April 25, 2024

Architecture Student Named to ‘Future100’ List in Metropolis Magazine

Linxi (Jenny) Zhang ’24—a fifth-year bachelor of architecture degree student in the School of Architecture—has been selected for Metropolis magazine’s Future100, an elite group of architecture and interior architecture students from the United States and Canada.

Launched in 2021, the award recognizes the top 100 graduating students in North America who, as rising leaders, are defining and reimagining the practice of architecture and interior architecture.

Linxi (Jenny) Zhang ’24 (B.Arch)Linxi (Jenny) Zhang ’24 (B.Arch)Selected from a diverse pool of candidates, Zhang is one of only 21 undergraduate architecture students to receive the honor, selected based on the creativity, rigor, skill and professionalism exhibited by their portfolios and nomination entries. “We were blown away by the quality of work you and your peers submitted, and we feel that you represent a bright future for our industry—one of beautiful, thoughtful, innovative, sustainable and inclusive design,” says Avinash Rajagopal, editor in chief of the magazine, in the award letter.

Zhang’s design portfolio represents her interest in the relationship between spaces, sequence and formal aesthetic. As an architecture student and future designer, she is especially concerned with how architecture design and the user experience is changing people’s lives.

LPC Headquarters, elevation from BroadwayLPC Headquarters, elevation from BroadwayIn the project “LPC Headquarters,” Zhang and her partner designed a building on top of an existing landmark for the NYC Landmarks Preservation Commission (LPC) headquarters. To fully respect the context of 315-317 Broadway, the design incorporates setbacks on all sides. A cantilevered hearing hall is “bitten” into the landmark where the open corner plaza invites the city in to watch hearings on large-scale video boards. Inside, the building features a utility core, an open office and meeting room, bookshelves that act as a lending library for staff, as well as an exhibition space that serves as a museum and area for hearing introductions. The building’s façade pattern and material are highly influenced by the inside programs.

More recently, Zhang and her partner worked on “Sweep Scapes,” (shown below) a project to create a new access point between The 606—a 2.7-mile elevated park and trail in Chicago that was built on what was once an industrial train line—and a green boulevard. Their design incorporates a fully accessible bike ramp that cascades throughout the building, leading up to a green roof and garden for the community and its bikers. Through utilizing ramp circulation, green spaces and sport court projection, these sweep scapes extend the experience of The 606 and provide further recreational space in Chicago throughout the year.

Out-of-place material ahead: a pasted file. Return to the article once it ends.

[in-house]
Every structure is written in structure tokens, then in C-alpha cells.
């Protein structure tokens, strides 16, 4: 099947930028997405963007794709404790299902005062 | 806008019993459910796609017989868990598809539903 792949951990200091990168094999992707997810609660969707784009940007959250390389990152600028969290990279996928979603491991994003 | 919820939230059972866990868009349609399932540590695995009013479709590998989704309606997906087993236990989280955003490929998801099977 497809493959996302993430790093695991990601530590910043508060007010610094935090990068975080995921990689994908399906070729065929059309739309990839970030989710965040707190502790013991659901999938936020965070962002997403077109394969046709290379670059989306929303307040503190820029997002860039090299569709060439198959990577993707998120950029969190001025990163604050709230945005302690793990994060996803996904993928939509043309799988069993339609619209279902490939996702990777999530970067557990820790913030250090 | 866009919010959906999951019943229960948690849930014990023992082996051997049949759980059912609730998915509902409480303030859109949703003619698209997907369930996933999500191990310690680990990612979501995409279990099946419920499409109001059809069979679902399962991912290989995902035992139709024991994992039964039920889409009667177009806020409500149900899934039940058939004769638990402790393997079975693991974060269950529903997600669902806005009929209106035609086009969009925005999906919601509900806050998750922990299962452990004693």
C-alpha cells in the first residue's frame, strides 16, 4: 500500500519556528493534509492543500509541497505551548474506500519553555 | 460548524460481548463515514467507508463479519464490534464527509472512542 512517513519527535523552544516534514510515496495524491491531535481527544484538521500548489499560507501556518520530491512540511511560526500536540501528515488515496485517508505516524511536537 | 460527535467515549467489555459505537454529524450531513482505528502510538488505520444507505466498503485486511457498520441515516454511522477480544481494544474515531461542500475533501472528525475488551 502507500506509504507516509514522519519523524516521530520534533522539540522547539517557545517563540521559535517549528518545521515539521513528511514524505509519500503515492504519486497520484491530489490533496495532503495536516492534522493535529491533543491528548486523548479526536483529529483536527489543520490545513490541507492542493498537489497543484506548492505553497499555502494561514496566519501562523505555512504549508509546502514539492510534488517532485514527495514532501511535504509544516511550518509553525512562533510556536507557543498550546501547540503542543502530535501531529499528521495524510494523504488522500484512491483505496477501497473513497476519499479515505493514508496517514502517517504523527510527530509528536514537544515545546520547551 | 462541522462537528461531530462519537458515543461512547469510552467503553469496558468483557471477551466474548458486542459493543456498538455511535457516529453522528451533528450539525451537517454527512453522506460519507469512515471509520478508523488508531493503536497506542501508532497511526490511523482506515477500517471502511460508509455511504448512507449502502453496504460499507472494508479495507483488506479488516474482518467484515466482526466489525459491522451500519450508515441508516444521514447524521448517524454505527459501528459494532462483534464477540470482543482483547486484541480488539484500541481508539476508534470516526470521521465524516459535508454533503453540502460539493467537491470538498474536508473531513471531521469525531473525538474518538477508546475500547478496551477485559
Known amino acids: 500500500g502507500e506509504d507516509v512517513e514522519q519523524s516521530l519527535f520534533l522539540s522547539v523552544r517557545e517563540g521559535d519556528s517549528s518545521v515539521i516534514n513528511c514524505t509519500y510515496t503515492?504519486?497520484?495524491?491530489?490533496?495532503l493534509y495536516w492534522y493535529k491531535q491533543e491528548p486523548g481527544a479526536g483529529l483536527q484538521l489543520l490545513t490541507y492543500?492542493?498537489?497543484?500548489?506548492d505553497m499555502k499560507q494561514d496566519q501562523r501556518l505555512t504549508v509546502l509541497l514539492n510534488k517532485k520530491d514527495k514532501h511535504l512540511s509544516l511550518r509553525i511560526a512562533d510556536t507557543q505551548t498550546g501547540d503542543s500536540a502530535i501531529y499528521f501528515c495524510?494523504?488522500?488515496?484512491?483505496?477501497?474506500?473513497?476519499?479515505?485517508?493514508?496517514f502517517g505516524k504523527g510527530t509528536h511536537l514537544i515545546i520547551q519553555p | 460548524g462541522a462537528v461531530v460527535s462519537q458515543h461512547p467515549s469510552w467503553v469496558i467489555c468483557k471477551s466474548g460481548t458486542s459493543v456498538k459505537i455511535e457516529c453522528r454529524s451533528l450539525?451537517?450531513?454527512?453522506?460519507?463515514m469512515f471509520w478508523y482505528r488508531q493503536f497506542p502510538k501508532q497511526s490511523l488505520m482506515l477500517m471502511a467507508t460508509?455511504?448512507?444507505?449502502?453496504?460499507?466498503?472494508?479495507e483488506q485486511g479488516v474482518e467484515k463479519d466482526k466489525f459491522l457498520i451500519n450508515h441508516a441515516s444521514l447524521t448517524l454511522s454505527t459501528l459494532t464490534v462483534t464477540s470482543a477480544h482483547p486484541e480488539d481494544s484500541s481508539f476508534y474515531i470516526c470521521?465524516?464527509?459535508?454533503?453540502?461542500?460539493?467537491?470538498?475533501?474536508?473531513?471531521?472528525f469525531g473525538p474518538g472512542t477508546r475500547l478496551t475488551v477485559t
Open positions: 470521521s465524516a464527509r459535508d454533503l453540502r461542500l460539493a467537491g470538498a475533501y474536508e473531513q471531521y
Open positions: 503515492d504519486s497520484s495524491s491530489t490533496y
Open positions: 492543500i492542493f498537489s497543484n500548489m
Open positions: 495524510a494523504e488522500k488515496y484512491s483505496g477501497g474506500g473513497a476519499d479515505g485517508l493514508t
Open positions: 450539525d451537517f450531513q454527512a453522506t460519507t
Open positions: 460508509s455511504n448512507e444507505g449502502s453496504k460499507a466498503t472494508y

Sweep Scapes modelSweep Scapes model

“Among her various attributes, Jenny’s ability to construct architectural tectonics and forms from thoughtful consideration of urban context and user experience is notable,” says Daekwon Park, undergraduate chair and associate professor in the School of Architecture, who nominated Zhang for the program. “Her impressive work consistently shows her commitment to social, cultural and environmental sustainability.”

While at Syracuse, Zhang has served as an undergraduate program associate for a first-year design studio for three semesters, as well as working as a Syracuse Office of Undergraduate Research and Creative Engagement (SOURCE) undergraduate research assistant for Professor Lori Brown’s faculty research team. She has been awarded the Louis Jay Masters Scholarship (2021-22), Robert W. Cutler Scholarship (May 2022), Internship Funding Award (2023), and Integrated Design Studio Prize (Spring 2023), along with being named to the Dean’s List every semester since 2020.

“I am greatly honored to have been selected for Metropolis magazine’s Future100, knowing that my work and design concepts are recognized by the wider audience,” says Zhang. “I will continue to dedicate myself to designing and renovating architecture to benefit the community by solving social issues and using design to improve the quality of people’s lives.”

After graduation, Zhang plans to gain hands-on experience in the practical world by entering the architecture profession as a young designer, but would also like to extend her research further along the way. She looks forward to attending graduate school after a few years with more specific interests and design perspectives.

As part of the Future100 honor, Zhang’s work will be included in a compilation of video segments by DESIGNTV by SANDOW, featuring Future100 members, scheduled for release in the spring.

The full Future100 class of 2024 digital showcase is available online.